U.S. stocks ended with a slight gain Friday after shrugging off Federal Reserve warnings that there was more policy tightening to come. Oil futures fell on signs that the market is currently awash in supply.

The S&P 500 Index added 0.5 per cent  Friday to finish the week down 0.7 per cent  and the Nasdaq 100 fell 1.2 per cent  in the five-day period. Trading volumes was muted throughout Friday’s US$2.1 trillion options expiration, normally a day when volatility spikes as traders and dealers rebalance their big exposures.

Treasury yields rose again after hawkish comments Thursday from St. Louis Fed President James Bullard, who said interest rates needed to rise at least to 5 per cent -5.25 per cent  to curb inflation. Also on Thursday, Minneapolis Fed President Neel Kashkari said it was an “open question” how far the central bank has to go with rates to bring demand back into balance.

Relentlessly rising interest rates are already weighing on global demand. Growth-sensitive copper and oil prices were set for weekly losses on concerns about a worsening outlook. U.S. crude futures signaled an oversupply for the first time in almost a year. Higher mortgage rates sent sales of previously owned U.S. homes down for a record ninth straight month in October.

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Yet some equity investors said hawkish Fed commentary did not necessarily mean rates would peak at levels higher than previously thought. And traders continued to bet that the Fed will reverse course and begin cutting rates in the later part of 2023. 

“The Fed’s steady drumbeat that the campaign to curtail inflation isn’t finished hasn’t fallen on the market’s collective deaf ears,” Quincy Krosby, chief global strategist at LPL Financial, wrote. “Rather the growing evidence that inflation has plateaued has traders and investors alike poised to take advantage of the Fed’s step down to 50 basis points on December 14.”

Despite somber Fed  comments and continued turmoil in the cryptocurrency world, the S&P 500 was headed toward a loss of less than 1 per cent  on the week. 

“This week’s somewhat tight range might merely be a ‘breather’ that helps the market digest its recent gains before it heads higher,” Matt Maley, chief market strategist at Miller Tabak + Co., wrote. “Besides, Thanksgiving week tends to be a good one for the stock market.”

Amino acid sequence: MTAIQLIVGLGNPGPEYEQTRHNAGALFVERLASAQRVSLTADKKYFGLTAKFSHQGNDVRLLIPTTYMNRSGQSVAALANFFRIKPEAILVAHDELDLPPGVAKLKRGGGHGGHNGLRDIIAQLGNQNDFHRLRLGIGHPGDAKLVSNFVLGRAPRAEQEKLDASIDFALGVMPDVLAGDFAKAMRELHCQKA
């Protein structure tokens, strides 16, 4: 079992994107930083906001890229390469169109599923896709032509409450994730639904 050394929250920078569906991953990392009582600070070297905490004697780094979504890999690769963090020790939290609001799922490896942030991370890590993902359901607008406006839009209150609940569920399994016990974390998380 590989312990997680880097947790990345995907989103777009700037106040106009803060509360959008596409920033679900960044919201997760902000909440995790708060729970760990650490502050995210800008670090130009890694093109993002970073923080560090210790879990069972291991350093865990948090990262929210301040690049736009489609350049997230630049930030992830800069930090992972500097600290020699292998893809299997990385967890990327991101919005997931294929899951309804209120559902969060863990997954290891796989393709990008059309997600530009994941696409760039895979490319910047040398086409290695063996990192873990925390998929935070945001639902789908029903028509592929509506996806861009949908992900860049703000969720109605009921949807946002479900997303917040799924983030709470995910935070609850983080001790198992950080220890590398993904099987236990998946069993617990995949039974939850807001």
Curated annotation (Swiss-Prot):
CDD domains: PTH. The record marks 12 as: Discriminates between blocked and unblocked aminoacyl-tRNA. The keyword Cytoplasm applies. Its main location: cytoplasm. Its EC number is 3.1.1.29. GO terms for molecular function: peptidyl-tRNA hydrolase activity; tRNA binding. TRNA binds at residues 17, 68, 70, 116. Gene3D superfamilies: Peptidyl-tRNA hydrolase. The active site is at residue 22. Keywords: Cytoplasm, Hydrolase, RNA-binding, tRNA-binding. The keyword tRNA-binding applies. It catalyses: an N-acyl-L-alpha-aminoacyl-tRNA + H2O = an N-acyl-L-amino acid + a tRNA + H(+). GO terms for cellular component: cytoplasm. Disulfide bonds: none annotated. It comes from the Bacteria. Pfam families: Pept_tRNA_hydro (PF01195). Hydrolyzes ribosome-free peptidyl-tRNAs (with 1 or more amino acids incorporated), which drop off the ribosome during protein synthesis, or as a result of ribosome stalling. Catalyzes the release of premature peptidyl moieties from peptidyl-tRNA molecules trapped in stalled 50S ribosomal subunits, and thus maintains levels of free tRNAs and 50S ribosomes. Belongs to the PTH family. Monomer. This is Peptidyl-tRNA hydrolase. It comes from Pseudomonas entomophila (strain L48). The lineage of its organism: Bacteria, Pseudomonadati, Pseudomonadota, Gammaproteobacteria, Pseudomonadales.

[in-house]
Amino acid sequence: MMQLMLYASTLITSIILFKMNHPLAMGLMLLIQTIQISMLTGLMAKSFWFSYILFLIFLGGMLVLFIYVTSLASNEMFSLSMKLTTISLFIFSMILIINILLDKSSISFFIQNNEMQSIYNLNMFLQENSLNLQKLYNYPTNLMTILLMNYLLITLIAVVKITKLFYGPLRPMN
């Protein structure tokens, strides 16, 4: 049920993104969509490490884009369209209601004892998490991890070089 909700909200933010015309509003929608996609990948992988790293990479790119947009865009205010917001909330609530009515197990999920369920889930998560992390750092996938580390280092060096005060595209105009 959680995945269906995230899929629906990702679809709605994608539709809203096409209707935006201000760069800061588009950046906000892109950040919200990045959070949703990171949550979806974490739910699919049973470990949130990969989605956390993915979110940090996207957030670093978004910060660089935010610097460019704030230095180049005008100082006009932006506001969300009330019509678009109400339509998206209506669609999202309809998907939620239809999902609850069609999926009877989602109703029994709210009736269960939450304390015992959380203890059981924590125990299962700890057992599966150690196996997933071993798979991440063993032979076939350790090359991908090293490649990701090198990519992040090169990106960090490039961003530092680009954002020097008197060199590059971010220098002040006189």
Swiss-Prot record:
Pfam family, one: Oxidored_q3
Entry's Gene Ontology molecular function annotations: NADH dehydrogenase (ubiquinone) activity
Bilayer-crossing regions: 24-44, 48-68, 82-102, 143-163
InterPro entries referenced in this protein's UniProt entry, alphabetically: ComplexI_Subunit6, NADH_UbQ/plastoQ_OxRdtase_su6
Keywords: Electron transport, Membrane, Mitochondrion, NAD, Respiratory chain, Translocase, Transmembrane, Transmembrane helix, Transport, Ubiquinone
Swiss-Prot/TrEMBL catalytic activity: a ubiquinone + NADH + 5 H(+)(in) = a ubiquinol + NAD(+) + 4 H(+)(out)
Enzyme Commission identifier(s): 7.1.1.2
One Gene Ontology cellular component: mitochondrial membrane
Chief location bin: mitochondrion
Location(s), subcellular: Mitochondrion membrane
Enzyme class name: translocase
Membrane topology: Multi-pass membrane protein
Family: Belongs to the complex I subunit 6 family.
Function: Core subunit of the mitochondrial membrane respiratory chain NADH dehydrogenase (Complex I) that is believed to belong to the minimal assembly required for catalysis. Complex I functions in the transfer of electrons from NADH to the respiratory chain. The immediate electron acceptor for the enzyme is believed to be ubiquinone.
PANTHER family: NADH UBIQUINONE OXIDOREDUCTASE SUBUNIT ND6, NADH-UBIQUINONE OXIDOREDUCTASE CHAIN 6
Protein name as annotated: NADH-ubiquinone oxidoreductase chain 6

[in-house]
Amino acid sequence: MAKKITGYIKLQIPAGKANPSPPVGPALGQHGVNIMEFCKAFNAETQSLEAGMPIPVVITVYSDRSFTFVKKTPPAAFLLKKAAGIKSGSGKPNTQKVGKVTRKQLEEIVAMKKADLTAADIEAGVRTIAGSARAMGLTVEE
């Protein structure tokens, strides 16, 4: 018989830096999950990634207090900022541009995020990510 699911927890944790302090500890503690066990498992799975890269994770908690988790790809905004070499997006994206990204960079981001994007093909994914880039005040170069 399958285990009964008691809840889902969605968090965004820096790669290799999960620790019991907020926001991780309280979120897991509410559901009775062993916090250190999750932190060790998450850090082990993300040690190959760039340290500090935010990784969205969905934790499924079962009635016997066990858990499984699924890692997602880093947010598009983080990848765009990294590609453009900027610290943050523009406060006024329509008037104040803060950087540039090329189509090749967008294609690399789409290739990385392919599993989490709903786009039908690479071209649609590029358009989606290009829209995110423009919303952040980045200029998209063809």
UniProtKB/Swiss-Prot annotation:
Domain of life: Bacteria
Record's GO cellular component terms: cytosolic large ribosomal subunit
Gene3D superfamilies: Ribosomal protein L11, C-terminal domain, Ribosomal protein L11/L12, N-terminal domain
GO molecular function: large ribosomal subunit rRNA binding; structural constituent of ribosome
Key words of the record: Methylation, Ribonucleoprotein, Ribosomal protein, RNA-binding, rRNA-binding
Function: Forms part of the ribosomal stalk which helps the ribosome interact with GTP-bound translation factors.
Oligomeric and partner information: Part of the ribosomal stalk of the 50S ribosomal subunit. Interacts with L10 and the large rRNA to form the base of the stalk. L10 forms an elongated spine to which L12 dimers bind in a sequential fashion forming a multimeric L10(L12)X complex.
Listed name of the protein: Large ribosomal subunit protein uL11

Chris Harvey of Wells Fargo expects the market to bounce around the 3,950 level until mid-December, when the next inflation print and Fed decision will provide traders with more clarity. But after that, the market trend will become “a ‘coin toss,’ with increasing evidence of an impending recession,” his team wrote in a note.

Hong Kong’s benchmark Hang Seng Index enjoyed a third straight week of gains, thanks to China’s steps to support the property sector and ease Covid restrictions. European stocks climbed on optimism over both China and bets that central banks will slow their rate hikes. 

Some of the main moves in markets:


  • The S&P 500 rose 0.5 per cent  as of 4:03 p.m. New York time
  • The Nasdaq 100 was little changed
  • The Dow Jones Industrial Average rose 0.6 per cent , more than any closing gain since Nov. 10
  • The MSCI World index fell 0.6 per cent  to the lowest since Nov. 10


  • The Bloomberg Dollar Spot Index rose 0.2 per cent  to the highest since Nov. 10
  • The euro slipped 0.4 per cent , more than any closing loss since Nov. 9
  • The British pound rose 0.1 per cent  to US$1.1881
  • The Japanese yen fell 0.1 per cent  to 140.41 per dollar


  • Bitcoin fell 0.3 per cent  to US$16,630.65
  • Ether rose 0.3 per cent  to US$1,209.61


  • The yield on 10-year Treasuries advanced five basis points to 3.82 per cent
  • Germany’s 10-year yield was little changed at 2.01 per cent
  • Britain’s 10-year yield advanced four basis points to 3.24 per cent


  • West Texas Intermediate crude fell 1.5 per cent  to US$80.38 a barrel
  • Gold futures fell 0.7 per cent  to US$1,765.10 an ounce